When Judge Peter Kidd sentenced Cardinal George Pell last week, it was broadcast live on radio and television. It was a stark contrast to the preceding trial, which was subject to a suppression order that prevented any coverage of the proceedings.
Today on Media Files we look at the suppression order that prevented the Australian media reporting the case, even when the verdict was widely known and was being circulated on social media and on the front pages of newspapers around the world.
On the day of the Pell sentence the University of Melbourne’s Centre for Advancing Journalism brought together several experts with wide-ranging experiences of suppression orders to discuss how they affect the public’s right to know and whether the laws should be reformed.
The panellists are:
Associate Professor Jason Bosland, Co-Director of the Centre for Media and Communications Law at Melbourne Law School, where he teaches media and communications law. His primary research interests lie in media law, including defamation and privacy, open justice and the media, contempt of court and freedom of speech.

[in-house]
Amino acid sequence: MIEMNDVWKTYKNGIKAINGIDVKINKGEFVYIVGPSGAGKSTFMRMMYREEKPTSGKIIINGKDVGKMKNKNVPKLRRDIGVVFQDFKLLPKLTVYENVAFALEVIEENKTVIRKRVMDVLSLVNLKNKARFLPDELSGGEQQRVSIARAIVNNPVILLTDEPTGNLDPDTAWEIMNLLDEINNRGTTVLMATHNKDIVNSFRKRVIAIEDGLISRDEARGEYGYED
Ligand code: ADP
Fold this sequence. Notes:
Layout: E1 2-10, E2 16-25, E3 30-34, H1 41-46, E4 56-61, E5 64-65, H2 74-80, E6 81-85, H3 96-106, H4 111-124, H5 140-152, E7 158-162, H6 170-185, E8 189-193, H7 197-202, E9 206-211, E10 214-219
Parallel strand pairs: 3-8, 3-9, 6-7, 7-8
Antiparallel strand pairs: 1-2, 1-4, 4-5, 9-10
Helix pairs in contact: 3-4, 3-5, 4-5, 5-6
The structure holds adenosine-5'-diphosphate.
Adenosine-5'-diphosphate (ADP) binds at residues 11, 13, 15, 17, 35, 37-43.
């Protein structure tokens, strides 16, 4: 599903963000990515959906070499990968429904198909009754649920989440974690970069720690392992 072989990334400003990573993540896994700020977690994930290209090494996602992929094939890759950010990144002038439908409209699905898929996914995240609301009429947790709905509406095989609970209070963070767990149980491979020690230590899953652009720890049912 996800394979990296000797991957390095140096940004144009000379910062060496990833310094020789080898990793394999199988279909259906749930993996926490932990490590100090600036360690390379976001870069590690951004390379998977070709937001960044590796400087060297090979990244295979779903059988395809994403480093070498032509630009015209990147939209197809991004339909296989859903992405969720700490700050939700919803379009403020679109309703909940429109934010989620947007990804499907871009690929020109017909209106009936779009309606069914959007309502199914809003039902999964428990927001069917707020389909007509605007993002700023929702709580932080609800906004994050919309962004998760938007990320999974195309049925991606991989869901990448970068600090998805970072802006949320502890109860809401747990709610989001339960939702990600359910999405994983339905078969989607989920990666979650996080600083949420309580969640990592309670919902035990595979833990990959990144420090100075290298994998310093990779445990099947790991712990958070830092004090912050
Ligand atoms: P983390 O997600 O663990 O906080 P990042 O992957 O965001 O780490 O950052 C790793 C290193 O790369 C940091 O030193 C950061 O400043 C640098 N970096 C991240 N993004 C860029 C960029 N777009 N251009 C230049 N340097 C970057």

Melissa Davey, Melbourne bureau chief for The Guardian. She is an experienced news journalist who previously worked as a reporter for Fairfax newspapers, including The Sydney Morning Herald and the Sun Herald. She sat through every day of the George Pell trial.
Lucie Morris-Marr, a reporter who, like Melissa, sat through the entire Pell proceedings. She worked at the Daily Mail, London, Marie Claire Australia and the Herald Sun in Melbourne before covering the Pell trial for the New Daily. She is the author of a book on Pell entitled Fallen: The inside story of the secret trial and conviction of Cardinal George Pell.
Frank Vincent AO QC, who served 16 years as a judge of the Supreme Court of Victoria followed by a further eight years as a judge of the Court of Appeal. He was Deputy Chair and then Chair of the Victorian Adult Parole Board, a position he occupied for 17 years. In 2017 he conducted a review of court suppression orders and the Open Courts Act 2013.
The forum was chaired by Dr Denis Muller of the Centre for Advancing Journalism at the University of Melbourne.